Wild Rides

Fast cars and wild rides => occasional injuries

  • Speeding, spinning vehicles and rapid changes of direction can apply significant stresses to the human body. The odds of injury from riding a thrill ride are very low for most people, but motion-related back/neck injuries and damage from impacting the containment system are the most frequently-reported ride-related injuries.
  • Human beings are the most complex and unpredictable component in ride design.  A ride designer can specify the precise size and strength of the bolts used to hold the track together, or hold the lap bar onto the vehicle.  The engineer can count on those inanimate materials to react to stress in the same predictable ways.  Riders’ bodies are not uniform in size, shape, or resistance to stress.  They do not always react in predictable ways.

Safety Issues

One-size-fits-all ride designs can leave small riders slip-sliding away and put the crunch on bigger riders

  • Amusement rides are designed to accommodate the maximum possible range of human bodies (aka “paying customers”). This business constraint can lead to ride designs that fit poorly for riders at either end of the spectrum.
  • Some industry-standard containment/restraint systems expose smaller riders and very large riders to higher risk of falls and ejection from moving rides, injuries from impacts within the containment system, and injuries from too-tight restraint fit.
  • Rides with individually-adjustable restraints for each rider tend to be safer than those with fixed-position lap bars, or a single bar used for multiple riders.

Some rides can give some riders a real pain in neck

  • According to data collected by the U.S. Consumer Product Safety Commission (CPSC), neck sprain is the most common type of ride-related injury treated in hospital emergency rooms.  As thrill rides whip the human body around, the weight of the head exerts strong forces on the neck.  Risk factors for neck injury include:
    • Previous injuries or preexisting medical conditions affecting the neck.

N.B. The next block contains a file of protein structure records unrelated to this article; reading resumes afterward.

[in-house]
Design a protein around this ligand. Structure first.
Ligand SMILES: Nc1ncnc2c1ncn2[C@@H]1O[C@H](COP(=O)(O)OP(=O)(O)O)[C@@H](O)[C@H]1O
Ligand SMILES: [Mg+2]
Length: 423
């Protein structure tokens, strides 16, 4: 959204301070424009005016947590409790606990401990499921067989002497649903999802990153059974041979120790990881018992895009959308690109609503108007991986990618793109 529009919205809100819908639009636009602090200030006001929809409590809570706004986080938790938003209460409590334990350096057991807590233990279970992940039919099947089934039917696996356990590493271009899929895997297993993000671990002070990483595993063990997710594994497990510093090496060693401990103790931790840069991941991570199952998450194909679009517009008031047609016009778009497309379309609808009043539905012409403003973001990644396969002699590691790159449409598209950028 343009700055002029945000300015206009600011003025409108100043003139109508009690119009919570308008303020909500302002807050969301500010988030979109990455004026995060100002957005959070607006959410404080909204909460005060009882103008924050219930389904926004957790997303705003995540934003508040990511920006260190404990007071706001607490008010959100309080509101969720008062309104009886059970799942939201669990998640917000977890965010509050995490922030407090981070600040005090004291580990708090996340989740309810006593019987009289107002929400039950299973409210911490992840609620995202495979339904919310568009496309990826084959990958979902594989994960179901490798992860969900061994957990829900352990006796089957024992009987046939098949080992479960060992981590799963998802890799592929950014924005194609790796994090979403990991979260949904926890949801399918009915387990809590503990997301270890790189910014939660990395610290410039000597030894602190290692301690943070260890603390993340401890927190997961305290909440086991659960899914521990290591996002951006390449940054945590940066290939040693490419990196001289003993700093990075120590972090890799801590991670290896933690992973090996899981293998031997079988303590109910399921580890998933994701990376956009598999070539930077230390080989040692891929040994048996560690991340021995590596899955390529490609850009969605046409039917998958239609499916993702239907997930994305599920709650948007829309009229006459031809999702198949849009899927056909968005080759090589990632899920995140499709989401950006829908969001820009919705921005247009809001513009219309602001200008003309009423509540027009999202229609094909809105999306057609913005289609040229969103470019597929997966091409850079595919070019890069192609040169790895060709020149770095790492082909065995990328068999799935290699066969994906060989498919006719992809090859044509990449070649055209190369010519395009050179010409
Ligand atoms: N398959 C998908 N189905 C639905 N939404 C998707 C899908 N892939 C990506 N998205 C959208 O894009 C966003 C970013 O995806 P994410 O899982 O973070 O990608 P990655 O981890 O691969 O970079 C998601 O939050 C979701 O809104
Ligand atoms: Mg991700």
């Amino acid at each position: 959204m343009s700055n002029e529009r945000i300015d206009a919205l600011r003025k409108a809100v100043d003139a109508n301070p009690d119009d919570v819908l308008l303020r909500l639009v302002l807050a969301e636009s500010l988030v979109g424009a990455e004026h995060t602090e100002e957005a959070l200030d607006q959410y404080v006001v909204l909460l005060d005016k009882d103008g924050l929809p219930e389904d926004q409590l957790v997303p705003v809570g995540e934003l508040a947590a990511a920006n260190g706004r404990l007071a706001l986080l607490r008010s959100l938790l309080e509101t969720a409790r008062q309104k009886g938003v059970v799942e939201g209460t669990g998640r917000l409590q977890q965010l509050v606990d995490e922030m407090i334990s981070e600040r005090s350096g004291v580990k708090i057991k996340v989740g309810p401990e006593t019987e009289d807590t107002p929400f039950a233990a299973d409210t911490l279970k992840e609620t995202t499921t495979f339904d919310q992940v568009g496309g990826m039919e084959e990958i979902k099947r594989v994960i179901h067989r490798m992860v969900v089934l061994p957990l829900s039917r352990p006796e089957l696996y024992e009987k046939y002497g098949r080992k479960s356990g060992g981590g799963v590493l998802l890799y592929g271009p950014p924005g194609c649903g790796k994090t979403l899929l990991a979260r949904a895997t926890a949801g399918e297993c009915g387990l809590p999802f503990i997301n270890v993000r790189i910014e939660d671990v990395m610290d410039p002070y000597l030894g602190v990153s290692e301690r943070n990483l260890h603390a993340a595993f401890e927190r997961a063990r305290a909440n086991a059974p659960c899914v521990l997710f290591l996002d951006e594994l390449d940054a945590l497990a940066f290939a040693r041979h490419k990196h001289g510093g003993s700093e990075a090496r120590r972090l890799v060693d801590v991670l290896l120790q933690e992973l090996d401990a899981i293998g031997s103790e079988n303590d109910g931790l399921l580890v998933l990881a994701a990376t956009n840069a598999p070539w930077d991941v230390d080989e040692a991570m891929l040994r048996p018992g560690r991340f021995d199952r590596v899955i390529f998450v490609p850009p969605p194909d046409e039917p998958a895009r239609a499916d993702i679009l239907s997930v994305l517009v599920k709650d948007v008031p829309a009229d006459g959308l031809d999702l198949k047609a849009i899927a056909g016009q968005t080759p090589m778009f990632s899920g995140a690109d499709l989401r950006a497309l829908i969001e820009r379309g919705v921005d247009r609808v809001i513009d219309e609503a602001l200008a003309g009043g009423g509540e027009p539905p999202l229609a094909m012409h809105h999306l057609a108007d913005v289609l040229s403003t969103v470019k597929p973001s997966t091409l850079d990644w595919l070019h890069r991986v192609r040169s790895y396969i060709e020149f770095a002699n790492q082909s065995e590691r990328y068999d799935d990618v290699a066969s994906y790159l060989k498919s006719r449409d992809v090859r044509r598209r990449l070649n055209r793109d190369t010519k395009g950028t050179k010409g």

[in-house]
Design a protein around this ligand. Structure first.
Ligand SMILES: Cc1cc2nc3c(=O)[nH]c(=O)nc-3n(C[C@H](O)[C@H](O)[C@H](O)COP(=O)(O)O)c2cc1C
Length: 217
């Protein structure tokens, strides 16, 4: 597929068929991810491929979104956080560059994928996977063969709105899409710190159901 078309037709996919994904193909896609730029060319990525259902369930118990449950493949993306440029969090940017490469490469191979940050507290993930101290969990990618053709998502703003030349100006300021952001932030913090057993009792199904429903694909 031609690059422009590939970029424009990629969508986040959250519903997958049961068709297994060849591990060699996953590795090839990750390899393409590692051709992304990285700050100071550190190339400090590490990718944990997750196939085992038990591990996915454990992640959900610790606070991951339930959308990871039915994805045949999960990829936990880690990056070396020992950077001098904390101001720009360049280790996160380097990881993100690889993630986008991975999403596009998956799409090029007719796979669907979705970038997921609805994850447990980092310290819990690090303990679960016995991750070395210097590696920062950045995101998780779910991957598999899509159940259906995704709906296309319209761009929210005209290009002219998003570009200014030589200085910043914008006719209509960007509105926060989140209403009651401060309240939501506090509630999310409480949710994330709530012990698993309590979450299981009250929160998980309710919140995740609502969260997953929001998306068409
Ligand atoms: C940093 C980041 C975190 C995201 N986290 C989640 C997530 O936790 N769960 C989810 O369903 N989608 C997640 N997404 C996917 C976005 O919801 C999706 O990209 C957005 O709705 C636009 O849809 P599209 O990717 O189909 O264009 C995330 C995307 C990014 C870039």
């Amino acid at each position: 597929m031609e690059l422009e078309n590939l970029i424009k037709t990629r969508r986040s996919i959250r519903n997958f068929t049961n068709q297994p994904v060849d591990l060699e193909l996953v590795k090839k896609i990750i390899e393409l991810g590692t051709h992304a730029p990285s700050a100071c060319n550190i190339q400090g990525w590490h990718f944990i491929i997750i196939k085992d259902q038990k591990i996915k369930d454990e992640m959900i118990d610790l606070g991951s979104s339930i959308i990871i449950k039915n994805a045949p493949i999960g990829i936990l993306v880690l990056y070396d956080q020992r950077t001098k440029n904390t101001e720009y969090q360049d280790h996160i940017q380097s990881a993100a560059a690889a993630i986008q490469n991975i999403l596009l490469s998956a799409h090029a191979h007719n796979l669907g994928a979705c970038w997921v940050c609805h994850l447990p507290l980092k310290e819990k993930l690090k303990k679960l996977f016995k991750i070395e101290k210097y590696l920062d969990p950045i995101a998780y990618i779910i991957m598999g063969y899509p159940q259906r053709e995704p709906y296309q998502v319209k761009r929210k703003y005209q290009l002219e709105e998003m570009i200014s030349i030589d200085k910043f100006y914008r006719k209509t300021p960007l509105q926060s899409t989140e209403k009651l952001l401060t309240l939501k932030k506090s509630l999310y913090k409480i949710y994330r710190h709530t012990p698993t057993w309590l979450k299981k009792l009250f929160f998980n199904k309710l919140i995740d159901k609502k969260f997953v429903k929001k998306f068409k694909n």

• Acceleration profile of the ride, especially rapid changes in direction of movement.
    • Seat and restraint design, including padding and neck support.  Coasters with low-backed bench seats may allow the rider’s neck to snap backward.
    • Strength of rider’s neck.  Full-sized rides are designed for a median adult male weighing 170 pounds.  Younger, older, and more slender riders do not have as much muscle strength in their necks to hold their heads upright.  CPSC data from hospital emergency rooms indicates that women are twice as likely to suffer ride-related neck injuries as men.
    • Flexibility of rider’s neck.  Older riders and people who suffer from conditions affecting flexibility and bone strength, such as arthritis should avoid high-g rides that tend to whip the rider’s head around.

Keep your head on straight: the importance of riding “eyes front”

  • On highly dynamic rides, patrons should keep keep their heads upright and facing forward.  One doctor studying ride-related neurological injuries noticed that many of those injuries happened when the rider turned his/her head (to check on a child seated next to them, for example) right before a change in direction or magnitude of acceleration.
  • Newer ride designs use several techniques to keep riders heads aligned properly.  Seats and restraints are designed to discourage side-to-side movement.  Heavily themed rides use carefully-positioned visual elements to keep the rider’s attention focused forward.
  • All patrons should pay attention to this warning.  Parents should make a special effort to teach children the importance of riding “eyes front”.



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